You can still find those shops in small towns and villages. They’re not as common as they once were, but there are still places where the shop’s owner knows all of the customers. That’s what we see in Elizabeth Spann Craig’s Southern Quilting series, which takes place in the small town of Dappled Hills, North Carolina. Like many small towns, it’s got small shops, one of which is The Patchwork Cottage. The Patchwork Cottage’s specialty is supplies and materials for quilting and sewing projects, and it’s owned and run by local quilter Posy Beck. The shop is a local ‘information hub,’ which makes it a very useful source of clues in Knot What it Seams. In that novel, Beatrice Coleman, who’s recently joined the Village Quilters guild, gets involved in investigating the murder of the guild’s newest member Jo Paxton. Being the local mail carrier, Jo knew a lot of things that might not have been safe for her to know. Besides, she didn’t exactly have a pleasing personality, so she wasn’t on most people’s ‘A-list’ for parties. So Beatrice has more than one suspect as she puts together the pieces of this puzzle.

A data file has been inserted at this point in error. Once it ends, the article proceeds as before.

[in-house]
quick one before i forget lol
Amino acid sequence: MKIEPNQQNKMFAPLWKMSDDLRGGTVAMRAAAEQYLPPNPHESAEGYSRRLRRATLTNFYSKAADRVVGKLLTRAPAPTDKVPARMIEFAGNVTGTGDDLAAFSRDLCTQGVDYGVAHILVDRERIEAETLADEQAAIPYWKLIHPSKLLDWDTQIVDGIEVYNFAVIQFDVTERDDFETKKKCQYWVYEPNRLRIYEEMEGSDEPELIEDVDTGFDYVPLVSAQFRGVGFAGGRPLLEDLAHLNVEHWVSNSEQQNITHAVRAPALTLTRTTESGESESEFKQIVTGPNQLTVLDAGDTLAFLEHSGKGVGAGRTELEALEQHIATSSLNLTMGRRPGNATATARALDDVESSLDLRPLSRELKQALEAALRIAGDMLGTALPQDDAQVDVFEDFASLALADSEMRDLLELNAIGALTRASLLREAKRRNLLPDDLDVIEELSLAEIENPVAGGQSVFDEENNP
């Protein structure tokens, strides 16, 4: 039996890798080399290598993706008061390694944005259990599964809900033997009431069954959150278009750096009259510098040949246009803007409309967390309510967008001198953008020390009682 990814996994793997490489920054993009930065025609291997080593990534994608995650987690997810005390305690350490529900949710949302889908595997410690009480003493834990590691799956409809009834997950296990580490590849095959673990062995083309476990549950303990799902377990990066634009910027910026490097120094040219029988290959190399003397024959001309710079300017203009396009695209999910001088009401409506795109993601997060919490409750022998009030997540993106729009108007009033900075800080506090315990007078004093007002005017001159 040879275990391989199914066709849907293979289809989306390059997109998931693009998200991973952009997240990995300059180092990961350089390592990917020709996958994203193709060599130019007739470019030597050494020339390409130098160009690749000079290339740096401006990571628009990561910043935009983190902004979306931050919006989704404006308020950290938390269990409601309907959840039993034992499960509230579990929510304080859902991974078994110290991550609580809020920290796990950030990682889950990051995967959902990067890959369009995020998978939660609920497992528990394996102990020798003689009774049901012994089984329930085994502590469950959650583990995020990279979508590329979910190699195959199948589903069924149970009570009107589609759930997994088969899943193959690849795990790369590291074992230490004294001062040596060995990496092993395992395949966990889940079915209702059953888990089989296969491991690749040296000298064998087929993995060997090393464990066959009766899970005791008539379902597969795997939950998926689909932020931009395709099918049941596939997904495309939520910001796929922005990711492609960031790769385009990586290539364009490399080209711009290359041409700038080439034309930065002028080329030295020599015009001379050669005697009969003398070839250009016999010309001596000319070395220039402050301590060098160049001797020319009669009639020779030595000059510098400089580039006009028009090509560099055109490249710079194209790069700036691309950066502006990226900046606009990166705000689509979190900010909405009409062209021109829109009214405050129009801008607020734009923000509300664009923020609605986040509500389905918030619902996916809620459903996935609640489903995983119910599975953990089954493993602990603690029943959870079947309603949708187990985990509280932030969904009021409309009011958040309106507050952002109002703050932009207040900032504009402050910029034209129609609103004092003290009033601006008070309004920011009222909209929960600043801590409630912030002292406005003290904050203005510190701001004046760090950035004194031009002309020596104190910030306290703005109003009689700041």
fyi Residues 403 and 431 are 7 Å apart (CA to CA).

There are also small ‘mom and pop’ stores in large cities. In places such as New York and Los Angeles for instance, the cities are so large that culturally and socially speaking, many people identify more with a neighbourhood in the city than they do with the larger city. So they often get to know the local shops, whose proprietors get to know them. That’s what we see for instance in Aaron Elkins’ Loot. Boston art historian Benjamin ‘Ben’ Revere has gotten into the habit of visiting the pawn shop of Simeon Pawlovsky, and the two have a sort of friendship. One day Pawlovsky calls Revere to ask him to take a look at a painting that’s just come into the shop. Pawlovsky thinks it might be valuable but he’s not completely sure. Revere takes a look at it and confirms that it’s an extremely valuable Velázquez. When Pawlovsky is murdered a short time later, Revere takes a personal interest in the case, in part because he knew the man and in part because he feels somewhat responsible. He’d told Pawlovsky not to keep such a valuable painting in his shop, but although Pawlovksky wouldn’t listen to him, Revere still feels he should have insisted more. It’s that personal interest that leads Revere to try to find out where the painting actually came from and how a painting like that ended up in a pawn shop. I don’t want to give away spoilers, but suffice to say that this is not a simple case of someone in desperate financial straits who sold a beloved family treasure.